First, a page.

Saturday, September 26th 2020, 1:31 pm - The massive beaching was one of the largest ever worldwide, surpassing a previous Australia record of 320 whales stranded in the western region in 1996.
There is a bit of good news in what has otherwise been a disastrous outcome for the hundreds of pilot whales stranded along Tasmania's west coast.
While approximately 350 whales have perished in what is being referred to as Australia's worst stranding on record, 108 of the surviving mammals have been released back into the sea.
The Tasmanian government issued a statement Saturday verifying 108 long-finned pilot whales had survived the beaching and were successfully released outside Macquarie Harbour.
In an interview with BBC, Marine Conservation Program wildlife biologist Dr. Kris Carlyon said it was a "fantastic outcome" after several days of tremendous work by the rescue team. "We only had one whale restrand overnight, which is a good result given 20 whales were released yesterday," Carlyon said.
The massive beaching was one of the largest ever worldwide, surpassing a previous Australia record of 320 whales stranded in the western region in 1996.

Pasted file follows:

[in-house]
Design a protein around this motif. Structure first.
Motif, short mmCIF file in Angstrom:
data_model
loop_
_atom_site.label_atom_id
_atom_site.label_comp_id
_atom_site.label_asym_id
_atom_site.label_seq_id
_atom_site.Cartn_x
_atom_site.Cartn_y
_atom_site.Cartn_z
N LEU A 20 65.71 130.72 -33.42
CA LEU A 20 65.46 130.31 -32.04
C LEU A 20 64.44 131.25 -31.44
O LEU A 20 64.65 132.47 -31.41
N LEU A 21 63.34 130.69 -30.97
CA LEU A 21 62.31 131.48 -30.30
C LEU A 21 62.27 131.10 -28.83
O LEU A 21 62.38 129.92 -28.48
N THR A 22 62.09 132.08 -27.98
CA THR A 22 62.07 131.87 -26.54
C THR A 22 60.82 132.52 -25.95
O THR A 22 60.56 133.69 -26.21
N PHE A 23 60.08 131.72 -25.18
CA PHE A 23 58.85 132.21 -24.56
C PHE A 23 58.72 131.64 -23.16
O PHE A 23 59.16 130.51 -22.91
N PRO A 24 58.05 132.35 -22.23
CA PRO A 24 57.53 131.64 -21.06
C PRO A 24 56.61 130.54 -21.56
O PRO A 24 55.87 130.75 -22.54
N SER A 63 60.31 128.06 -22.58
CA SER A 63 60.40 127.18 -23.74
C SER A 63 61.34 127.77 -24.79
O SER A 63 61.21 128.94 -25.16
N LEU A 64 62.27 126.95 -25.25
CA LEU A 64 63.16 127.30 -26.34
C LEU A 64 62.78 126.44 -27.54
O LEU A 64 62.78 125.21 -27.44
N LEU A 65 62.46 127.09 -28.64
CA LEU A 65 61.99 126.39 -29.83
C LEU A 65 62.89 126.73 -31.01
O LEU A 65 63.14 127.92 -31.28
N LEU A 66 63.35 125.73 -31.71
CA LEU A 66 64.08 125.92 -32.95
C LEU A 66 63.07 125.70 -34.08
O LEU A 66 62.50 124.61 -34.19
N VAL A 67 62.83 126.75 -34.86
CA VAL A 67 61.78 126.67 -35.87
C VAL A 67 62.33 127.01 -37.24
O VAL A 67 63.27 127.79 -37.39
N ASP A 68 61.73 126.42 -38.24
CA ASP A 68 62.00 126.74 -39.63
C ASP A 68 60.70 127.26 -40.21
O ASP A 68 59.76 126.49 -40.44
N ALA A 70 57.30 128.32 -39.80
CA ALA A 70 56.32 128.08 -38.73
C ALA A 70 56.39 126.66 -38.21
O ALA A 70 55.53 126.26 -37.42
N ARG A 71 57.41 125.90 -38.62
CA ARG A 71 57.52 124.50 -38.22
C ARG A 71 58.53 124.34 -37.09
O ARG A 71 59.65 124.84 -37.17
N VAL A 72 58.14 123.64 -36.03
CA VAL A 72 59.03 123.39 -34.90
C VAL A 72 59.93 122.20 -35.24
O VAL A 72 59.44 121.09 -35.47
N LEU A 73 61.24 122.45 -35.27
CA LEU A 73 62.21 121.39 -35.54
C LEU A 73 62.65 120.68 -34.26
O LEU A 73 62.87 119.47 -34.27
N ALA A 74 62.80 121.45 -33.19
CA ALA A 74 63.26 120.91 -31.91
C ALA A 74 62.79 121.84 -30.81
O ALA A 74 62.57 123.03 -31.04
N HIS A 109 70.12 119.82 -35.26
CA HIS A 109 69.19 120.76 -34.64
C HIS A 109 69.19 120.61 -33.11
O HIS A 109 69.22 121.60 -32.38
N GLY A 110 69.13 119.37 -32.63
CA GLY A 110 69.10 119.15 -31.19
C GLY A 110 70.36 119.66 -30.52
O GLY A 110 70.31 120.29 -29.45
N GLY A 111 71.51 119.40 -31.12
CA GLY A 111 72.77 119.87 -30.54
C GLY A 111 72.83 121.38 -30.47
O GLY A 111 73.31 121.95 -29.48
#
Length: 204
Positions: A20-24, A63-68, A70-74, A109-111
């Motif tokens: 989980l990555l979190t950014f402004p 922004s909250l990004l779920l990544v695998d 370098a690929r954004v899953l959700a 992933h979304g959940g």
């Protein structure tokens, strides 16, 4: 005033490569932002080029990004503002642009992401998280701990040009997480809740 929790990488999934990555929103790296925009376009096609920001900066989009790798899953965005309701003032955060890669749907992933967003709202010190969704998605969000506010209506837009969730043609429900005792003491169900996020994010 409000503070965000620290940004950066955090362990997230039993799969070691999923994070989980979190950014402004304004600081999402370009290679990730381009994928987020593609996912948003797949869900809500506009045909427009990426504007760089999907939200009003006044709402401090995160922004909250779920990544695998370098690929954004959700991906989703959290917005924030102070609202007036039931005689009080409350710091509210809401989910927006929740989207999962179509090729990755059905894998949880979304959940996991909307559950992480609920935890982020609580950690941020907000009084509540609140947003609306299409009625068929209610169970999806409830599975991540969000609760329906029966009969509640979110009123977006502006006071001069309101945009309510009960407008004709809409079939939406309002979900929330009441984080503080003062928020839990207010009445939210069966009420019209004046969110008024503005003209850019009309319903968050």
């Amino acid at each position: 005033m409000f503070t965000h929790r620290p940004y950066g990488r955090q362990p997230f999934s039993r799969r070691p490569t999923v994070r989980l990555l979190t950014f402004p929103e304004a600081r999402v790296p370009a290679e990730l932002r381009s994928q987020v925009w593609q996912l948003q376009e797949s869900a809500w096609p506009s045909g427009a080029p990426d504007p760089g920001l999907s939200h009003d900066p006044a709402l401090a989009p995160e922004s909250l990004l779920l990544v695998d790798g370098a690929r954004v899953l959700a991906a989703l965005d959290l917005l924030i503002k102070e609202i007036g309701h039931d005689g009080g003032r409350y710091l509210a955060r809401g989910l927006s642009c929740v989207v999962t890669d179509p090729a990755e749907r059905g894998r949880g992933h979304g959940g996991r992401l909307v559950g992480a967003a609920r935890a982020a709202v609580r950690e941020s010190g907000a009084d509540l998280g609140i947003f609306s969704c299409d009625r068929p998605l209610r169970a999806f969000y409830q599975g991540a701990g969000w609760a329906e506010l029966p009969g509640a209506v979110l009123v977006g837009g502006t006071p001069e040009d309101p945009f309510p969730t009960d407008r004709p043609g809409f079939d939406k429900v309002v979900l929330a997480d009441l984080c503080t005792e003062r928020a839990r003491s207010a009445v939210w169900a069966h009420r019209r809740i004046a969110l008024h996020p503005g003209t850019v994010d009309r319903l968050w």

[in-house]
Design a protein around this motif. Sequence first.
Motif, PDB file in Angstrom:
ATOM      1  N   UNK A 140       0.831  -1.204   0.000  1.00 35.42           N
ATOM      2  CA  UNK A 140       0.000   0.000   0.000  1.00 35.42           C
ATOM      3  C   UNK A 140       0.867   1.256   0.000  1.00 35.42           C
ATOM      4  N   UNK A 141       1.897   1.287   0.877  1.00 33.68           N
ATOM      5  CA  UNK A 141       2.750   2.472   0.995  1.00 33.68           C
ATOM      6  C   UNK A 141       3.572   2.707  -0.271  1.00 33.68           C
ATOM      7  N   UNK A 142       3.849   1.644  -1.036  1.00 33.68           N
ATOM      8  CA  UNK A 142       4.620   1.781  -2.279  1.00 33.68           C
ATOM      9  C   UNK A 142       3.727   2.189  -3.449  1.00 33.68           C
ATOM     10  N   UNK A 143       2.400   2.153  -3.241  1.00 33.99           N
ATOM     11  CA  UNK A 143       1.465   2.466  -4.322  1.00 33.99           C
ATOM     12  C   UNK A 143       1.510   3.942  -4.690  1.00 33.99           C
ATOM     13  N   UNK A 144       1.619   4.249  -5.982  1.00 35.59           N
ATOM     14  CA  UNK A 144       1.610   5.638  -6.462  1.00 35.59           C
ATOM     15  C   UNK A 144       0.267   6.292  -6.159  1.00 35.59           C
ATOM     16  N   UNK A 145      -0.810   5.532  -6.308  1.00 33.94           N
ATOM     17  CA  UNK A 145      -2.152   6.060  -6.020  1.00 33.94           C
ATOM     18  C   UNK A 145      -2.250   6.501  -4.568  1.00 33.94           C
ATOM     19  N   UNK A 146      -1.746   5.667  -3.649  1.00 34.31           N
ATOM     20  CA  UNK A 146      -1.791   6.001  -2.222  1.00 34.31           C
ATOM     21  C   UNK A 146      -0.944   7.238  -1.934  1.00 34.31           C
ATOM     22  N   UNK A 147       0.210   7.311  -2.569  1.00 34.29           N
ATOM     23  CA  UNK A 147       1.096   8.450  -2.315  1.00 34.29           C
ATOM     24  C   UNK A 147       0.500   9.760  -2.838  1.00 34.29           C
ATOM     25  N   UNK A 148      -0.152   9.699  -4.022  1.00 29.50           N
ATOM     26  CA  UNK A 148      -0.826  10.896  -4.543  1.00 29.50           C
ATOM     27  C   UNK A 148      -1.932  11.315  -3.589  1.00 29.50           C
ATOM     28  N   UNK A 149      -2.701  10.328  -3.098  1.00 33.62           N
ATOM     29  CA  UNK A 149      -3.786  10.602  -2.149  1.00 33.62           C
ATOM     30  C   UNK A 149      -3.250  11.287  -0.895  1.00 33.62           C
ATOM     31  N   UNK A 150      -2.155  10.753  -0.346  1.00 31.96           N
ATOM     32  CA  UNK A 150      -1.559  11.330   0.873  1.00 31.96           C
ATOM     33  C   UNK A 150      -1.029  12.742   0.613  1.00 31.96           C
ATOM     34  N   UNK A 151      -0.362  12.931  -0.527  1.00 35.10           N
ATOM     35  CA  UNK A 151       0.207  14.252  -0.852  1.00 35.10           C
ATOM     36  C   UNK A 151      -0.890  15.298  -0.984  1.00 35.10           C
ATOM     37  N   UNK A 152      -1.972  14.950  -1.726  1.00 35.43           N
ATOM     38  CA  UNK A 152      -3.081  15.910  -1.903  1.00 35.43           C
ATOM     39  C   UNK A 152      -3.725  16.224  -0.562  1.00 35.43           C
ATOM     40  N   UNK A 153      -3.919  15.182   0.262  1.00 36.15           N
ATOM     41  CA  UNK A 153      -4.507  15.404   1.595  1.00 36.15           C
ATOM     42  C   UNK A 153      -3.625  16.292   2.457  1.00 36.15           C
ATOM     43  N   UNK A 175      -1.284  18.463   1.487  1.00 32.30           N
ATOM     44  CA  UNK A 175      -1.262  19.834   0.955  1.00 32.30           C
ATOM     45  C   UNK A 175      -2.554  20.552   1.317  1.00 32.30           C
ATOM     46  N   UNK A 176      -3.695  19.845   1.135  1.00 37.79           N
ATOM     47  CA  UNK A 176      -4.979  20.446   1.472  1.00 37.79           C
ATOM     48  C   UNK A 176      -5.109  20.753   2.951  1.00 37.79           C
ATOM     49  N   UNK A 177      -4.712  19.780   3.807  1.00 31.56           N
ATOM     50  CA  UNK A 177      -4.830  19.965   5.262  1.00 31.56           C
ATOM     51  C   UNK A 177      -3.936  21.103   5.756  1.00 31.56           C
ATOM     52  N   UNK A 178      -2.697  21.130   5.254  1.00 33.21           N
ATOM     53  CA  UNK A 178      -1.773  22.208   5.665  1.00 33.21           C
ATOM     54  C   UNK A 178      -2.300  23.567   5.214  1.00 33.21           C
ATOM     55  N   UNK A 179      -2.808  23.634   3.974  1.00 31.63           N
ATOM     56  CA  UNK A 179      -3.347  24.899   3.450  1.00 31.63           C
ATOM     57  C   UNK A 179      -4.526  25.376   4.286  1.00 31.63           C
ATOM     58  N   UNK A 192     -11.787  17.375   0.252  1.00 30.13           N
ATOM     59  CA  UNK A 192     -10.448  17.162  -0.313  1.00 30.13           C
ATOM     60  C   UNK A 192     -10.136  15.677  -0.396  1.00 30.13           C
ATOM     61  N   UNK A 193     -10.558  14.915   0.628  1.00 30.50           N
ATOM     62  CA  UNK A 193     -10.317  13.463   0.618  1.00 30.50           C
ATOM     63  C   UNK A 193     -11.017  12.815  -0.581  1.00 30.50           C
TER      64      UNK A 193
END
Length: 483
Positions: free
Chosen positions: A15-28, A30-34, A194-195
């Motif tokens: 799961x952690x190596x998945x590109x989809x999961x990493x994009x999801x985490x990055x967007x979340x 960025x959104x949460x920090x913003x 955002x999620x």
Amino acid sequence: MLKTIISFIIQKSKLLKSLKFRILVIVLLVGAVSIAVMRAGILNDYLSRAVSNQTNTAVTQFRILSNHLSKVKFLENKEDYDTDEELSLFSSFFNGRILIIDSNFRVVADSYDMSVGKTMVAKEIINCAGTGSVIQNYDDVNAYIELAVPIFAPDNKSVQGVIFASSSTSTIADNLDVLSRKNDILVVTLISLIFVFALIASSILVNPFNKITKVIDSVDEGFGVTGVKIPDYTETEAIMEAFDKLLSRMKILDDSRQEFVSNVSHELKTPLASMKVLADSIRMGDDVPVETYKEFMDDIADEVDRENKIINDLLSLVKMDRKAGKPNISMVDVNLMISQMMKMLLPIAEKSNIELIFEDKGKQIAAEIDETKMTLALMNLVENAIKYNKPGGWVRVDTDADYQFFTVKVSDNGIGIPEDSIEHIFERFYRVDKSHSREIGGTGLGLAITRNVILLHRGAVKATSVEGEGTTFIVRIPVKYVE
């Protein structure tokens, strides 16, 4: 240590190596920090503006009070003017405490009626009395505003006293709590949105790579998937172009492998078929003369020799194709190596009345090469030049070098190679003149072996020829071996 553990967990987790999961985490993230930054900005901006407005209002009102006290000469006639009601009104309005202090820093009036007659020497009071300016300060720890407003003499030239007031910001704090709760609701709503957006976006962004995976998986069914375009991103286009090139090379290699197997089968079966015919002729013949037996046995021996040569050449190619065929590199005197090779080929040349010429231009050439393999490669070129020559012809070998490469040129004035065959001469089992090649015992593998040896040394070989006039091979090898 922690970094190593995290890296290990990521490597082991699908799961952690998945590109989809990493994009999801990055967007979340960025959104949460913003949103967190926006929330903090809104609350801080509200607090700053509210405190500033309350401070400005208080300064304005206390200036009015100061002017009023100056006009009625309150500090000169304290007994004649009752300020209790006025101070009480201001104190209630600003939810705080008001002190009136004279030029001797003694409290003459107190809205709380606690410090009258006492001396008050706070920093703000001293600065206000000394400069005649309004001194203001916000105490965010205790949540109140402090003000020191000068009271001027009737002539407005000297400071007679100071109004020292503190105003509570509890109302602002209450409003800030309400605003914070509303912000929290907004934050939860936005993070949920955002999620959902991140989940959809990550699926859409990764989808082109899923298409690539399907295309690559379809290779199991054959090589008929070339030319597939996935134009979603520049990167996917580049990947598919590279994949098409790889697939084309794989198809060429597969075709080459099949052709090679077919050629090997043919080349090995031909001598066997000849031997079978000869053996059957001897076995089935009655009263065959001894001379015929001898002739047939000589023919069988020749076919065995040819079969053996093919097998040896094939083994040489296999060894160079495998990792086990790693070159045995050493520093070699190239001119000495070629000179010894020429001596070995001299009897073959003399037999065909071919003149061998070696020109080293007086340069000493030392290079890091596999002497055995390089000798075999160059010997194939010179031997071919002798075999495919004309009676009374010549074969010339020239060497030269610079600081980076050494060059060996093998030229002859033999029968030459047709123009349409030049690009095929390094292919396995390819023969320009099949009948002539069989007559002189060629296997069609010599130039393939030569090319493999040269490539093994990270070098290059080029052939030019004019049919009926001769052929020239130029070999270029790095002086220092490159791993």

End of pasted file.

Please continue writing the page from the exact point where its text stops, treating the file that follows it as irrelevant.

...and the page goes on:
The Tasmanian government issued a statement Saturday verifying 108 long-finned pilot whales had survived the beaching and were successfully released outside Macquarie Harbour. Photo: Brodie Weeding/The Advocate.
The pilot whales first washed up on sand spits in the sea around Macquarie Heads on Monday. Initially, rescuers tallied about 270 whales, but a helicopter spotted another 200 whales nearby on Tuesday. The second group was thought to be part of the same pod, but it's possible it may have washed in with the tide.
Experts believe Macquarie Harbour, situated on Tasmania's west coast, is now clear of live whales. Efforts are now focused on disposing the carcasses, with 15 buried at sea Friday to experiment with that method.
PILOT WHALES PRONE TO STRANDINGS
The reasons for the whales becoming stranded aren't fully understood by experts but they are more prone to getting beached. While the mammals aren't considered to be endangered, exact population numbers are unknown.
However, there are multiple theories for why beachings happen. Some experts believe the pilot whales can become disoriented after chasing fish to the shore. Others think an individual's behaviour can mistakenly lead the whole group to shore.
It is also speculated by researchers that such groups are vulnerable around beaches, which calmly slope across a large area, because the whales' sonar pulses can fail to detect the shoreline in shallow waters.
More than 80 per cent of Australian whale strandings occur in Tasmania, with Macquarie Heads a known hotspot.
Thumbnail courtesy of Brodie Weeding/The Advocate.